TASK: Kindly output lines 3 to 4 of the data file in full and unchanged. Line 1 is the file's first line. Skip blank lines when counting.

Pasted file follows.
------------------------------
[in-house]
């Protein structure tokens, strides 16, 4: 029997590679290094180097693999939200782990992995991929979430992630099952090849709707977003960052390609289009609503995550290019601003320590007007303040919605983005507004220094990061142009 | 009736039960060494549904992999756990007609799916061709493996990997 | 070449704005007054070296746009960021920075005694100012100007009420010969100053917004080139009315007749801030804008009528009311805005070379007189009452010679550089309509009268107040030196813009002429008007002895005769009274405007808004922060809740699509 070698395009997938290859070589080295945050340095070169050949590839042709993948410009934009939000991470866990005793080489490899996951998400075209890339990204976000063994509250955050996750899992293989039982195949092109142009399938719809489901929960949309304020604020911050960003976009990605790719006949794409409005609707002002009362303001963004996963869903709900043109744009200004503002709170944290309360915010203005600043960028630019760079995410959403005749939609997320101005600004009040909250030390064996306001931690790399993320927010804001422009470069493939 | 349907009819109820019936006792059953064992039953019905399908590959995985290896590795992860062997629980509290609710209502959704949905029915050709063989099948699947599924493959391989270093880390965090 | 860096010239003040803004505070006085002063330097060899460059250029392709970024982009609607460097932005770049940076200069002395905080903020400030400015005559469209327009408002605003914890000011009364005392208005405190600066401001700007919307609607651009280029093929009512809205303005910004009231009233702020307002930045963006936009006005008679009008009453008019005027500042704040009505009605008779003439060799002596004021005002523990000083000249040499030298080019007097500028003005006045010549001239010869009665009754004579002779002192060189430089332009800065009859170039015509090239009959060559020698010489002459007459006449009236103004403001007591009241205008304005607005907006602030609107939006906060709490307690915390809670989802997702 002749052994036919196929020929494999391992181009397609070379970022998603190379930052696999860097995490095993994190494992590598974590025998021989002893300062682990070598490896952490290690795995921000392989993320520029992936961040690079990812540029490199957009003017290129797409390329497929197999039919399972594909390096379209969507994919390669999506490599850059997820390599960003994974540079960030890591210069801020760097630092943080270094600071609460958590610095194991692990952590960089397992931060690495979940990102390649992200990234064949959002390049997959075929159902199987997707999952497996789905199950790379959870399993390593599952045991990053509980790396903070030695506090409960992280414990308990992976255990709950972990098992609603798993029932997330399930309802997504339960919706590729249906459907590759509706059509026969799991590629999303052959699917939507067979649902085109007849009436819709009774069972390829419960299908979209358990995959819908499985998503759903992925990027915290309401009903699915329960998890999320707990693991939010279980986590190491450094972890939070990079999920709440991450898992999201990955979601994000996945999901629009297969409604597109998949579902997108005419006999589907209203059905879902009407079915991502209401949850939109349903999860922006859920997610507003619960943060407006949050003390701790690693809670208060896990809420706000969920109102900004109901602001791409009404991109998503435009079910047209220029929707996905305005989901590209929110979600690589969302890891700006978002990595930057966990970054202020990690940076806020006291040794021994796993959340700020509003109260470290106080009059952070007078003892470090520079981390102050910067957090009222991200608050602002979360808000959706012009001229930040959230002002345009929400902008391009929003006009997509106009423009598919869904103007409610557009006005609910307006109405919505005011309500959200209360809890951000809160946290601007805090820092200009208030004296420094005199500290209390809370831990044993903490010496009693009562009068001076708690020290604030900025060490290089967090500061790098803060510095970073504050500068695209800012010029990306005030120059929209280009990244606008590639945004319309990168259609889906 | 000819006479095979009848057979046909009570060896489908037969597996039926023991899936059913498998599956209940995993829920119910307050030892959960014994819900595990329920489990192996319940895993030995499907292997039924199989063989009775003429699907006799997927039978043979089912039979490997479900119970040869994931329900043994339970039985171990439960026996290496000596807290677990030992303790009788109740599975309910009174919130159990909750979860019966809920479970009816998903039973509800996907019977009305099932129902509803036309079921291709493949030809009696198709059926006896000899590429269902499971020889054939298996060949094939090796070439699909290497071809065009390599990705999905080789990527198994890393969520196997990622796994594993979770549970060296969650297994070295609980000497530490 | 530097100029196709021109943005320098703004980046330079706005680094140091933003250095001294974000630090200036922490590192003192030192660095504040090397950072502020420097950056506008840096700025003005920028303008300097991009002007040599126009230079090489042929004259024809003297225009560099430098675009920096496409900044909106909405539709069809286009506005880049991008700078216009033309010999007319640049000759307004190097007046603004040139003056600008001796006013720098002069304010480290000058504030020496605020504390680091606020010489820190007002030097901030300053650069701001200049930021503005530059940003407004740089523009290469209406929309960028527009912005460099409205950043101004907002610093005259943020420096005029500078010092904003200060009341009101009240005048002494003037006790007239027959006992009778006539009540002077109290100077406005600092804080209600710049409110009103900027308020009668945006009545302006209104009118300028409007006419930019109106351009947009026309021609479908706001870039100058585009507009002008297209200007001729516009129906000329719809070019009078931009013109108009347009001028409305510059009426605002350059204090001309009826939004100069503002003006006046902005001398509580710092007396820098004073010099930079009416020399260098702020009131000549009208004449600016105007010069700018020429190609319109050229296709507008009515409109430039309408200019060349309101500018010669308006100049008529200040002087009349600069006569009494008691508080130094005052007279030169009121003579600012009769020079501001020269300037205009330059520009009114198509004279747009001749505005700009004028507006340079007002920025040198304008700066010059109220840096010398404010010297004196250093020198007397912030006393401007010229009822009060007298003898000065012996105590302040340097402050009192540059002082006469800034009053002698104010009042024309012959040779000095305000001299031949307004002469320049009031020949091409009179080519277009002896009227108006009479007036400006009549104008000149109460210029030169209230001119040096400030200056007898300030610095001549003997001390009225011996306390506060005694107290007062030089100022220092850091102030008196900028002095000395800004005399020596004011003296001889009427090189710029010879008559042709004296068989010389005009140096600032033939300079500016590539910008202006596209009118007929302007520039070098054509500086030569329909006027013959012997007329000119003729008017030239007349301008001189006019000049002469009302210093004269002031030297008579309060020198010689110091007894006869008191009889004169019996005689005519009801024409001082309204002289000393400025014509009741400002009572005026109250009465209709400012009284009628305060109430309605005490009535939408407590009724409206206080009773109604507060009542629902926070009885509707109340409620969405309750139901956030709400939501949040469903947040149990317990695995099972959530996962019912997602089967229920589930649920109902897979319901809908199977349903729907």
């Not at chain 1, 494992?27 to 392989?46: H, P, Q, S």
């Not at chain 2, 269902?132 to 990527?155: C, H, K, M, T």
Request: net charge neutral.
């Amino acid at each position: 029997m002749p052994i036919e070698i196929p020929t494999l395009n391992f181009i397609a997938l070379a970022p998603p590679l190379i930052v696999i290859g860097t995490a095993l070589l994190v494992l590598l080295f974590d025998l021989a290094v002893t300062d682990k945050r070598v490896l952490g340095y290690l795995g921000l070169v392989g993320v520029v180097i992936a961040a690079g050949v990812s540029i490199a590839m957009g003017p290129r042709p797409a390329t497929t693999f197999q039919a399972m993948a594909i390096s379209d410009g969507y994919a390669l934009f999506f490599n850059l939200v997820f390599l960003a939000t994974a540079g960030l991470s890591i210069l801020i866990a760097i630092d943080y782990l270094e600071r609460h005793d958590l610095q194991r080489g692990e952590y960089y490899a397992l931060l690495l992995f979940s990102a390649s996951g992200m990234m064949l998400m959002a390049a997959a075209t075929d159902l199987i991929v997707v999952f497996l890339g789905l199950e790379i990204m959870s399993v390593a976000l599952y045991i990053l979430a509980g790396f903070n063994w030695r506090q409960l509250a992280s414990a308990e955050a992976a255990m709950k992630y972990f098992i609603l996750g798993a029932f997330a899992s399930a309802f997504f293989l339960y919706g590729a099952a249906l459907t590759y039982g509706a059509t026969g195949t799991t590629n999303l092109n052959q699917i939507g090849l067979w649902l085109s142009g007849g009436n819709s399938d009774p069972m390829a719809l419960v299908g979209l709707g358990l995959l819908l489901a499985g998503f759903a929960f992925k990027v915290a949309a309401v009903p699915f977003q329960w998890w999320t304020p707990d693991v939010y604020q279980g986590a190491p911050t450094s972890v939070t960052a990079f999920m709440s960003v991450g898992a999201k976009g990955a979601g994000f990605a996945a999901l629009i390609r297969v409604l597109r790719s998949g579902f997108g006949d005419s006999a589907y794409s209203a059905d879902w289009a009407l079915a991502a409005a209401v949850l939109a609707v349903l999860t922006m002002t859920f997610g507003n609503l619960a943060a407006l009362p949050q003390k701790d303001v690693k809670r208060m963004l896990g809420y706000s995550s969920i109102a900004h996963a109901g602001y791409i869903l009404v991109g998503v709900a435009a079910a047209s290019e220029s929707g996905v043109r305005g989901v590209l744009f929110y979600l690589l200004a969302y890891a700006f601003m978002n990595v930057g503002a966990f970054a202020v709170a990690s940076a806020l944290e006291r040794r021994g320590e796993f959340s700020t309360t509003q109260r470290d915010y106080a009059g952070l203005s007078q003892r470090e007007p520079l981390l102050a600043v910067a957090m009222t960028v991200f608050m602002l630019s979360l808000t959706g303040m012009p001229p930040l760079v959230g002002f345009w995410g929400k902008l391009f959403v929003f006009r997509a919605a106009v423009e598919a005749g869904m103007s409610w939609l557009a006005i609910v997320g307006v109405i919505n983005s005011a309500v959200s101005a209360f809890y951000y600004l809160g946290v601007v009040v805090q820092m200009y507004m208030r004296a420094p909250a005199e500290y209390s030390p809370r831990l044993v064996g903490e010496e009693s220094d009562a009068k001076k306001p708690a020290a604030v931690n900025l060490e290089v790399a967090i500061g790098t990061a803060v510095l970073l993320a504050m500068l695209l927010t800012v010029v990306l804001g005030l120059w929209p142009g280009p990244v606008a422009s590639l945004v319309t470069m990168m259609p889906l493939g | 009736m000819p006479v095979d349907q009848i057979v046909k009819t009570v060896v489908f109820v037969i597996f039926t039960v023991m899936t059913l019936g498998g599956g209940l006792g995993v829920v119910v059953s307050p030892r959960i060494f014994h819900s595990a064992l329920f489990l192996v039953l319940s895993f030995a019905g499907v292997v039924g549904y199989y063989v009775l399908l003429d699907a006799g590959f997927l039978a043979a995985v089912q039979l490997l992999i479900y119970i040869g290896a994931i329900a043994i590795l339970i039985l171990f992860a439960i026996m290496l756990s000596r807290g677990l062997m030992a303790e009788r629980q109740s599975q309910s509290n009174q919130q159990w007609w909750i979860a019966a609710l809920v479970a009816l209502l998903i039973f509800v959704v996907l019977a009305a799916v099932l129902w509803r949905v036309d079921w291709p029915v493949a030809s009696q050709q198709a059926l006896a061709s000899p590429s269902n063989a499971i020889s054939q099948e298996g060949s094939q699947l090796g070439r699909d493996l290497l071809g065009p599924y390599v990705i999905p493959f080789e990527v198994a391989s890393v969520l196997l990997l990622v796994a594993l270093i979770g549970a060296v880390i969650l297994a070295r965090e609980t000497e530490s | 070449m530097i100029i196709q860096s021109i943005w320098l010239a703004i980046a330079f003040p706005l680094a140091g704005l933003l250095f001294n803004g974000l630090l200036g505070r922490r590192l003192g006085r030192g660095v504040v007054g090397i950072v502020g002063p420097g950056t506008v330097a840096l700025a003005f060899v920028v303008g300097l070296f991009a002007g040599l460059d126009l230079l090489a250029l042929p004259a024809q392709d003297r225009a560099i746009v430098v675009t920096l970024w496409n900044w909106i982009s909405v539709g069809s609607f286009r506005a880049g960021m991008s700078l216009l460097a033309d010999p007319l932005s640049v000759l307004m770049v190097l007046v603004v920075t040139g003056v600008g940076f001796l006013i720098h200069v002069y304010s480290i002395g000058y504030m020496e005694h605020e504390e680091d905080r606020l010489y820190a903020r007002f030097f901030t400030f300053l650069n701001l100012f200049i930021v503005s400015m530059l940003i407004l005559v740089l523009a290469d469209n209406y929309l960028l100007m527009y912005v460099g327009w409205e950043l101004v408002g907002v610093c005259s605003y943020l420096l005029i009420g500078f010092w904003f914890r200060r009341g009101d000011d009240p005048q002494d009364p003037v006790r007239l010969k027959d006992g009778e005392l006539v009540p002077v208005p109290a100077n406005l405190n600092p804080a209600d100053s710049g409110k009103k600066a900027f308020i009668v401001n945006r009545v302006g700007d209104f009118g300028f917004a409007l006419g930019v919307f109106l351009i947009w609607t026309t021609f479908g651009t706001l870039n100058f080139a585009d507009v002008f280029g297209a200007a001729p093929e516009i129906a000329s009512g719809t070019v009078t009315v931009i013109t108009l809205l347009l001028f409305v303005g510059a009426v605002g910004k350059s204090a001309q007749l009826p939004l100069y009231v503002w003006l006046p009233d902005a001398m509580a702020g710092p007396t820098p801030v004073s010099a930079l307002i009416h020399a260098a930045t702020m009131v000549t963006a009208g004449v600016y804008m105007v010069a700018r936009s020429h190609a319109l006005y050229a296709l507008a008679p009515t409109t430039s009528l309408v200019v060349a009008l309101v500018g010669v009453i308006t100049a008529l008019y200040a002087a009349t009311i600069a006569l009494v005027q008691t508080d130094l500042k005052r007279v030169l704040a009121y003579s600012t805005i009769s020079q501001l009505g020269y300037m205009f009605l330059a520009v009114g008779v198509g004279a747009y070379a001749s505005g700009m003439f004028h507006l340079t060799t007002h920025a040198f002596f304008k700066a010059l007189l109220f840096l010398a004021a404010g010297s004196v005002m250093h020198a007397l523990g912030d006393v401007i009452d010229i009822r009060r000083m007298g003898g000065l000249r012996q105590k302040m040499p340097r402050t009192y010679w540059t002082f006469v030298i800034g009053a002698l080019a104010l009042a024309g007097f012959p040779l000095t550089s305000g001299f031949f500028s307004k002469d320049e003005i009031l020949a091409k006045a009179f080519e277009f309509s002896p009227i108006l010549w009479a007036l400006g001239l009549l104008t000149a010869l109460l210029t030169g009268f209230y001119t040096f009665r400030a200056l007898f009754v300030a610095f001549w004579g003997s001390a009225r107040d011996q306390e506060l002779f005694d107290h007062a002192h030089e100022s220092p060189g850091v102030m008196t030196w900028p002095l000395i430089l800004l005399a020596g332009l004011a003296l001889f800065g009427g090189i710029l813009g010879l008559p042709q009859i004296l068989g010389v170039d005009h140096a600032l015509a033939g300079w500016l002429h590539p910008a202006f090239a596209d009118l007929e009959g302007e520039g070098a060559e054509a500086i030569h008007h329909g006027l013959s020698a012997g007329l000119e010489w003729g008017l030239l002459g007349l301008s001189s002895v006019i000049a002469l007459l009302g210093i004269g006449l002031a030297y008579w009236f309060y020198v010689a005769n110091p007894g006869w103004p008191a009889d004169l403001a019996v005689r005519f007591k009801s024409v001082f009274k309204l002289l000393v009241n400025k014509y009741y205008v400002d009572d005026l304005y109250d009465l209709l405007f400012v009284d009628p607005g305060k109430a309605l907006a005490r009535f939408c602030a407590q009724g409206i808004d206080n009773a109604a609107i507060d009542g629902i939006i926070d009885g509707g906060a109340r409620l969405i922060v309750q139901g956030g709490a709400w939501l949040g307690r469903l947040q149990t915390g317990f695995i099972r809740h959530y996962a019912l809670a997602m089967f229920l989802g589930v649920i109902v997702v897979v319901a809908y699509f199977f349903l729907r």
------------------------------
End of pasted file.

């Not at chain 1, 494992?27 to 392989?46: H, P, Q, S």
């Not at chain 2, 269902?132 to 990527?155: C, H, K, M, T």